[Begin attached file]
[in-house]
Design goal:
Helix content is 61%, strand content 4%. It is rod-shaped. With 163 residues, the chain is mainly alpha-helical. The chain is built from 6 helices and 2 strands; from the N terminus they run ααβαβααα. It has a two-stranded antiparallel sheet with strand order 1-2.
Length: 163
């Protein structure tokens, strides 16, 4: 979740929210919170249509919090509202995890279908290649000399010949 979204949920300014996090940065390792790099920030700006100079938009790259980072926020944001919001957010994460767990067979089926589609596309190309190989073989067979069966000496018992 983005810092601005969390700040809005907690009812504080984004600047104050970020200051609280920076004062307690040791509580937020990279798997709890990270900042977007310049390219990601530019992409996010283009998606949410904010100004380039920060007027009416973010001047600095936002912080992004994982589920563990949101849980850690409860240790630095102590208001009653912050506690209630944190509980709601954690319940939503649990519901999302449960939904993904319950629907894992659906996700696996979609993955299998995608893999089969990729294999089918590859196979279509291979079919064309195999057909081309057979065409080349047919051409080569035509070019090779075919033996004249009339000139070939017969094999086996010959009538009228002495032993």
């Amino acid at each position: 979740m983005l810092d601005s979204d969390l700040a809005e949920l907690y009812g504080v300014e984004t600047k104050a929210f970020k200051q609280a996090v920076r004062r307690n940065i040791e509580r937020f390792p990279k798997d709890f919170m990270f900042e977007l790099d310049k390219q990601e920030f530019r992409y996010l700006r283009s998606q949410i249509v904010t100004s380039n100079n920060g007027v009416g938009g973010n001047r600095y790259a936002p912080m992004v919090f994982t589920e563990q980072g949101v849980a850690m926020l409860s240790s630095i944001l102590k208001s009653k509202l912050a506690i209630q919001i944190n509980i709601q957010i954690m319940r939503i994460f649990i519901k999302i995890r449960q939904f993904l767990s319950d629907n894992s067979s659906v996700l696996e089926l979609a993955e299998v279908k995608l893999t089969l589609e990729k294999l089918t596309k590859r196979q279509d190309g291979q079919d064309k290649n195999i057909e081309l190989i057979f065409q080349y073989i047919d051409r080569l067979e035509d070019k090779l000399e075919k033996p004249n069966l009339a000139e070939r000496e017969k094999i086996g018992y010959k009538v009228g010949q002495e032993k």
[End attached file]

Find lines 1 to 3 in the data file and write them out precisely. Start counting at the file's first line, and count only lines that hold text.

[in-house]
Design goal:
Helix content is 61%, strand content 4%. It is rod-shaped. With 163 residues, the chain is mainly alpha-helical. The chain is built from 6 helices and 2 strands; from the N terminus they run ααβαβααα. It has a two-stranded antiparallel sheet with strand order 1-2.